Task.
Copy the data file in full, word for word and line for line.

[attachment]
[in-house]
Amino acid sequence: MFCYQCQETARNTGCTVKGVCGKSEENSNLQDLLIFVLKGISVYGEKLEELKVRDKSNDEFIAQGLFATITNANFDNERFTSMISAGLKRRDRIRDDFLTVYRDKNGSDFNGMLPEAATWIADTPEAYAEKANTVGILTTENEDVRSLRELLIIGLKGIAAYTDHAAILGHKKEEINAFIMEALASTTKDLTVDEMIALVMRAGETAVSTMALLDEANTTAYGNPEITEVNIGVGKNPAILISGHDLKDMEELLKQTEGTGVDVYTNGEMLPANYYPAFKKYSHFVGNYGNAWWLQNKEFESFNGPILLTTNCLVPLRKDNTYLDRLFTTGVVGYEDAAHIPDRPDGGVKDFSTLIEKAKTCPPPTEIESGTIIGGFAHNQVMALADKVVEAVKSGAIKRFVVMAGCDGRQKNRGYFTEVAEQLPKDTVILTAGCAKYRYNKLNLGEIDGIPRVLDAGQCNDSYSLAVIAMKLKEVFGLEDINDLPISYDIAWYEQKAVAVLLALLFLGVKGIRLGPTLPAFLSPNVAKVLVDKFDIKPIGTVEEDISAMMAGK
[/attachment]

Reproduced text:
[in-house]
Amino acid sequence: MFCYQCQETARNTGCTVKGVCGKSEENSNLQDLLIFVLKGISVYGEKLEELKVRDKSNDEFIAQGLFATITNANFDNERFTSMISAGLKRRDRIRDDFLTVYRDKNGSDFNGMLPEAATWIADTPEAYAEKANTVGILTTENEDVRSLRELLIIGLKGIAAYTDHAAILGHKKEEINAFIMEALASTTKDLTVDEMIALVMRAGETAVSTMALLDEANTTAYGNPEITEVNIGVGKNPAILISGHDLKDMEELLKQTEGTGVDVYTNGEMLPANYYPAFKKYSHFVGNYGNAWWLQNKEFESFNGPILLTTNCLVPLRKDNTYLDRLFTTGVVGYEDAAHIPDRPDGGVKDFSTLIEKAKTCPPPTEIESGTIIGGFAHNQVMALADKVVEAVKSGAIKRFVVMAGCDGRQKNRGYFTEVAEQLPKDTVILTAGCAKYRYNKLNLGEIDGIPRVLDAGQCNDSYSLAVIAMKLKEVFGLEDINDLPISYDIAWYEQKAVAVLLALLFLGVKGIRLGPTLPAFLSPNVAKVLVDKFDIKPIGTVEEDISAMMAGK